A moonlight bathed courtyard
I felt it wash my skin
The silence rushed my ears
Like a tornado
Alone, as I drank it in.

Solitary, I danced as if to call it It’s mirthful draught gave zest
It caressed my face
Left my soul without rest.

And still I twirled and leapt
Till she was gone and far away
Left distrait and inebriate
Fearless to the crimson war cry
Of the coming day.



I’ve been thinking about this all day, from the moment I woke up. Internal reflection, as well as these endless hours of thinking have proved useless, as I am, for once, left without words to describe how I feel. I can’t seem to find words that fit, quotes that fit. Yet I feel the occasion should be marked.

Today marks the second anniversary since I last set foot on Irish soil, since I left the land of my birth and most of my childhood. Having spent most of my teenage summers in Pakistan beforehand, the packing and travelling seemed routine. But 2011 was different. Altogether more permanent. Dread, disdain, excitement and sadness manifested me that summer.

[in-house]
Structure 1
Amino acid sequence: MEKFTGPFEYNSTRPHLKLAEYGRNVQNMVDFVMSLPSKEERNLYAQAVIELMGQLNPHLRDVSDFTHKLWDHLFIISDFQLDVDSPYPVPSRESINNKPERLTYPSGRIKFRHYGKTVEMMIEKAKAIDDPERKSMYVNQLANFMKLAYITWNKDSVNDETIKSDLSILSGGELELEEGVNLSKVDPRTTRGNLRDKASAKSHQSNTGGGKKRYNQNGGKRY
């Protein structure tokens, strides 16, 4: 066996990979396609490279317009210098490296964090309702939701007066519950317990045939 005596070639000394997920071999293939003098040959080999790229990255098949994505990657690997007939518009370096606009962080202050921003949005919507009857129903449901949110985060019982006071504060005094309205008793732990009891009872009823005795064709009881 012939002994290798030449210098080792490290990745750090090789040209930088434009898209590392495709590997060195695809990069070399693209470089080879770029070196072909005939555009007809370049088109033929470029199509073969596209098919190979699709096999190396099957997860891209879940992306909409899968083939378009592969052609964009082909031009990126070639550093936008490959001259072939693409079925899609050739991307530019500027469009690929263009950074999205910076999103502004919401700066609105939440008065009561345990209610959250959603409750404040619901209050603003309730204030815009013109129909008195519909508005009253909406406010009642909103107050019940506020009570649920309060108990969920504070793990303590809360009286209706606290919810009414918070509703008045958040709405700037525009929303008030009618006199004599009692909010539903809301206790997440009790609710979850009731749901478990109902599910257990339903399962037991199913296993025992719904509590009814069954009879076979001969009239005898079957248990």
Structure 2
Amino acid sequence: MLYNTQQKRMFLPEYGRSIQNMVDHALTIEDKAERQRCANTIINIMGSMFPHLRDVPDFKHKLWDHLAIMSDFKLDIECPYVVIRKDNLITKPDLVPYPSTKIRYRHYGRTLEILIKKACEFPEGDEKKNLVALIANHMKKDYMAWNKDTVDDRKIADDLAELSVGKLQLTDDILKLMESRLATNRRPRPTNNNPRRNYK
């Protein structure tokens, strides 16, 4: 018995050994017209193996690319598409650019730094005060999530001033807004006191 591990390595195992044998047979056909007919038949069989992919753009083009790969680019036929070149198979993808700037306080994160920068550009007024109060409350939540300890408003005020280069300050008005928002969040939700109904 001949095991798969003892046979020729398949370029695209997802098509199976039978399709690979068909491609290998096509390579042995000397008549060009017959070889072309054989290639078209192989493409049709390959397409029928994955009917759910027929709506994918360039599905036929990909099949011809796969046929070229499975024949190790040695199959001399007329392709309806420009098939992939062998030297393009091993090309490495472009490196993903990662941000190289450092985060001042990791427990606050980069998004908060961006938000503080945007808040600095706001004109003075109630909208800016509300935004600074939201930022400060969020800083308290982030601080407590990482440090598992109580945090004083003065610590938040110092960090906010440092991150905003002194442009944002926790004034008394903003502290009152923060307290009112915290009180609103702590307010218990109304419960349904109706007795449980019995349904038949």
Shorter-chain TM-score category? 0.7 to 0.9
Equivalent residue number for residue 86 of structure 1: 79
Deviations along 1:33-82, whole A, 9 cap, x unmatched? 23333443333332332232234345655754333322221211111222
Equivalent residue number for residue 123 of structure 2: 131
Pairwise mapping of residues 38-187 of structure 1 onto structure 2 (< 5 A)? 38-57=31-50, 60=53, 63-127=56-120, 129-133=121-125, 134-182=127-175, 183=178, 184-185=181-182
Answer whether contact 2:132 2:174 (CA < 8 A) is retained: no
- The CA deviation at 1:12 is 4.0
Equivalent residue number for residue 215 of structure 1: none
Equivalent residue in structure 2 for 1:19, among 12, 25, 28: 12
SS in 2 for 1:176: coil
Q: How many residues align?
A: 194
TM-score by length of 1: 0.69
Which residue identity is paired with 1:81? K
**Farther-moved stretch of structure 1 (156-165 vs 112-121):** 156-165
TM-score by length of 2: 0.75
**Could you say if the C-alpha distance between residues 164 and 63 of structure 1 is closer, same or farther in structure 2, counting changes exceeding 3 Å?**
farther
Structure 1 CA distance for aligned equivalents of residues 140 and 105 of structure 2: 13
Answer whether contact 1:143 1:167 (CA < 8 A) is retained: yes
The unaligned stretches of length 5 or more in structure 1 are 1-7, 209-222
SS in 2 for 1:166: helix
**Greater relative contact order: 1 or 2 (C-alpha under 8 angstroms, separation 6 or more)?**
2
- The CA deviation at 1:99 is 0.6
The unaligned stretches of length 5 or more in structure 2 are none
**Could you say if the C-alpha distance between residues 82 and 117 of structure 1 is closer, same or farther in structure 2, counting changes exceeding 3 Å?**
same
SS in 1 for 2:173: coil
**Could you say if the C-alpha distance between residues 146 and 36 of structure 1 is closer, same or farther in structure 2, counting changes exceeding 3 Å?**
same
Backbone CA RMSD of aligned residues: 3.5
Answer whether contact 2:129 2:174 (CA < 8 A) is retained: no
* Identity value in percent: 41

I only remember fragments of that day. The last glimpse we had of our house, as we drove away. Watching the clouds, the farms and the cows go by. The airport. I was numb most of that day. We boarded, buckled up and soon it was time for take off. My head was turned towards the window.  It wasn’t until the plane was at a 45 degree angle to the ground that it struck me. The plotted land, in it’s different squares of different shades of green was ever-receding, but I kept my eyes glued to the window as if to drink every last drop of the sight, as much as I could, for as long as I could. I was leaving. I was leaving, almost permanently and it wouldn’t be quite the same if I ever came back.  The tears were uncontrollable.

I don’t know how I feel, anymore, because maybe I feel too much.

That was a chapter of my life that has now closed, so surreal, it seemed like it was just a dream. Things have changed since. I have changed. I’m no longer that same person. But this was inevitable. Life goes on; only thing it knows to do, as do we with it.

Rinne sí dearmad orm, ach tá Éire fós i mo chroí, cé go bhfuil mé fada uaidh.

Working The Room